“View-through” rates instead of click through rates?

In a recent new release by DoubleClick about online advertising in Q4 2003 i found the following:
“The data showed click-through rates for advertiser-served ads continued to fall, down 45 percent from a year earlier to 0.4 percent. However, view-through rates — users taking some action within 30 days of seeing an ad — rose 42 percent to 0.75 percent.”

I began to wonder how they are able to track view-through rates. E.g. if they serve banners for eBay or amazon and the user who sees those banners but doesn’t click on them goes to eBay or amazon 28 days after seeing the ad to make a purchase, which she/he would have done anyway because she is a frequent customer there, DoubleClick will count that as the effect of the banner? One view-through?

In the original Doubleclick release (PDF) they explain view-through as follows:
“View-through rates assess users who have taken action within 30 days (on average) of having viewed, but not clicked on, a banner. This metric can be used to assess post-impression response and optimize based on a more complete picture of conversions rather than just clicks. View-throughs are an observation of consumer behavior — it cannot be determined precisely what portion of these metrics are related to the online impression and what are related to offline marketing.”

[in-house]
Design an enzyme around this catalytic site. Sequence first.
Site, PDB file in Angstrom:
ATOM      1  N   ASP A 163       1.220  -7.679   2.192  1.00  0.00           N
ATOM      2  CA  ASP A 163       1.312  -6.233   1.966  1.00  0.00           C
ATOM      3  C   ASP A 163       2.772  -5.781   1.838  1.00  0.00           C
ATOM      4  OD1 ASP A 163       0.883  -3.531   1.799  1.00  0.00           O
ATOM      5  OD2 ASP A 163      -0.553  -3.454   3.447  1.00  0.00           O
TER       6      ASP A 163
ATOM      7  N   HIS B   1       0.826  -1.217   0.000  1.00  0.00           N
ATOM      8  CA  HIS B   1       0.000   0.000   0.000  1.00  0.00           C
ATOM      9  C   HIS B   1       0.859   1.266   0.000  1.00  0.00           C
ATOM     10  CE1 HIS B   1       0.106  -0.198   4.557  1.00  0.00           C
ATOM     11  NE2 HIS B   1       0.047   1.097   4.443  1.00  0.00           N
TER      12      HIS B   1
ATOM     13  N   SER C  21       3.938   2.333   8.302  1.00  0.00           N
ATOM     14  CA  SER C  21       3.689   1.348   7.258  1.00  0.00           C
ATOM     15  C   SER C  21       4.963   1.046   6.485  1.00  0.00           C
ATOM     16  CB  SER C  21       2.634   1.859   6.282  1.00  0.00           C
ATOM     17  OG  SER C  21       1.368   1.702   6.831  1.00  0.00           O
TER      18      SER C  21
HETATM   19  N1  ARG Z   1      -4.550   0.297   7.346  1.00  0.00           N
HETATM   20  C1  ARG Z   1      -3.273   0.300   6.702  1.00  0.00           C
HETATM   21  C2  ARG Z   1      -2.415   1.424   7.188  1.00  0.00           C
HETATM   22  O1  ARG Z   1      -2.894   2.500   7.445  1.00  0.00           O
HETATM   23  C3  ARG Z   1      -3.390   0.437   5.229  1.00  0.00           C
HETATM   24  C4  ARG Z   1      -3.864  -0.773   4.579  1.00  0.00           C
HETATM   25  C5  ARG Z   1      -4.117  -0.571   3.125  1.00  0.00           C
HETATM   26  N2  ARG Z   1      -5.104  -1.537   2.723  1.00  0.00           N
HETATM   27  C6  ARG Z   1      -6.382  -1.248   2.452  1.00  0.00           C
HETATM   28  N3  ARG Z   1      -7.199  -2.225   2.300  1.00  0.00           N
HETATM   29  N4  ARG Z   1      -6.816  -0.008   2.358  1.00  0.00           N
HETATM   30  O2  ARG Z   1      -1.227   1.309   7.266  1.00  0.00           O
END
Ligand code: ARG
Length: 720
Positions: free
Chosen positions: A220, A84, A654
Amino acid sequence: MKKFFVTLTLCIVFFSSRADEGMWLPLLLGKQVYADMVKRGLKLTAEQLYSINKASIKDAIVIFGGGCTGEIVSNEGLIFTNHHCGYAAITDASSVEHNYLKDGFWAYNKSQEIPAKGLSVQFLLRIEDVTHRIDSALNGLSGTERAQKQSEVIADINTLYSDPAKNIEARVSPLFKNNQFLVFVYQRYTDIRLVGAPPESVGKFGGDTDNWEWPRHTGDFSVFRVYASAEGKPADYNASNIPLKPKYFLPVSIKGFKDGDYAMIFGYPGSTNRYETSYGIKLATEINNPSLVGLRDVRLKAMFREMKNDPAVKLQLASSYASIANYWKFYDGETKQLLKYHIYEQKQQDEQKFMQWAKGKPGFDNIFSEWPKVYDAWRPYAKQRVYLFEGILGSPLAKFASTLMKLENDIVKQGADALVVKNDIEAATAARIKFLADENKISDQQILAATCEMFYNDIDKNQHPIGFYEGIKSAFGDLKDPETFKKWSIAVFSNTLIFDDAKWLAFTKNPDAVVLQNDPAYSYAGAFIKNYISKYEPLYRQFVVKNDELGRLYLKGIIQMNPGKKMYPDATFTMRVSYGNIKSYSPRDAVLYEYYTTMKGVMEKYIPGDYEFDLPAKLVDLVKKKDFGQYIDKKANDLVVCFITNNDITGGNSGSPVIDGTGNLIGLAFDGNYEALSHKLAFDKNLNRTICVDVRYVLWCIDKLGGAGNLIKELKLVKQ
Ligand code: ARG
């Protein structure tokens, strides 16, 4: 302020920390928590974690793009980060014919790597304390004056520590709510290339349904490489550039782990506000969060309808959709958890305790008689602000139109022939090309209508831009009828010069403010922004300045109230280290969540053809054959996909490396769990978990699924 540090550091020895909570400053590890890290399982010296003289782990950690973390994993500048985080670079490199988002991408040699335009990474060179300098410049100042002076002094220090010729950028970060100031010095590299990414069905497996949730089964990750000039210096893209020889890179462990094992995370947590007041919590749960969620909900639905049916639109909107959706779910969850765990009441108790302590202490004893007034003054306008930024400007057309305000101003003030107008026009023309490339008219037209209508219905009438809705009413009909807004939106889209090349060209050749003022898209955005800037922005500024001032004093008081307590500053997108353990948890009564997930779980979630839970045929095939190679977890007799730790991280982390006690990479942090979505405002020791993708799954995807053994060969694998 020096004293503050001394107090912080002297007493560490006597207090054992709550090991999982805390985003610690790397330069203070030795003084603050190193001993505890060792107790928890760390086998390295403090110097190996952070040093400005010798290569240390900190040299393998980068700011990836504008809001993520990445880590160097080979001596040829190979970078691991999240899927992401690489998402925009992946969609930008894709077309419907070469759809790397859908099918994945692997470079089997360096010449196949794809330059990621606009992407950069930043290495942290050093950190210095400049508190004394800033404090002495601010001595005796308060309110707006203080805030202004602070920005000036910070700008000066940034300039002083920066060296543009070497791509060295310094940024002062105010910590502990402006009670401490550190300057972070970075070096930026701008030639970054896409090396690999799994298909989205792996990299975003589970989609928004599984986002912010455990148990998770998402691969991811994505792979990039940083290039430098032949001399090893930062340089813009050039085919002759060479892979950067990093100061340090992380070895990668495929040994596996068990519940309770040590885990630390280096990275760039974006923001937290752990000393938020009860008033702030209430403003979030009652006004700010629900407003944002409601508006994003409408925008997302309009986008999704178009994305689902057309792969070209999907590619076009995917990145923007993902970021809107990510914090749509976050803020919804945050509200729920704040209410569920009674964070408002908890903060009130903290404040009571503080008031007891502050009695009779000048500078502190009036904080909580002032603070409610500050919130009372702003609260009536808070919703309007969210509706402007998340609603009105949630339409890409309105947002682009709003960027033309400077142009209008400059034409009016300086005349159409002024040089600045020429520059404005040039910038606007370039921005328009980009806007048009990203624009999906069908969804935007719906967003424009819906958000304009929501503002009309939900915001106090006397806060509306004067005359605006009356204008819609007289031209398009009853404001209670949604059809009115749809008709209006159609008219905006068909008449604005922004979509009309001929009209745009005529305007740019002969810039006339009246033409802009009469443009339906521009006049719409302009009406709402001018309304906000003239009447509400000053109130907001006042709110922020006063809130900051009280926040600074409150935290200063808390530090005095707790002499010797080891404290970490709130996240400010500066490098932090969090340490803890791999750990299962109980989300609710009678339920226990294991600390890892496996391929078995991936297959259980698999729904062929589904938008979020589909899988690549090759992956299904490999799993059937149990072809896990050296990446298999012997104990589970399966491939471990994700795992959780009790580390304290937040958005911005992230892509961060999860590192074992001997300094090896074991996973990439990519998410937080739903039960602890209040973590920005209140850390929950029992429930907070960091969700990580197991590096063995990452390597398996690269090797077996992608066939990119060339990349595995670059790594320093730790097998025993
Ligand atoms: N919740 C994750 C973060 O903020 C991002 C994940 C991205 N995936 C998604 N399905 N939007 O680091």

(and it’s not just offline marketing they should take into account, but brand awareness, customer loyalty, other online marketing activities, etc.)

And last, but not least: 0.75% view-through activity. That number may already be skewed due to the above questions, and still it’s just 0.75% of users who take ANY action after seeing ads online. If that’s not another statistical proof of banner blindness in internet consumers, i don’t know what is.

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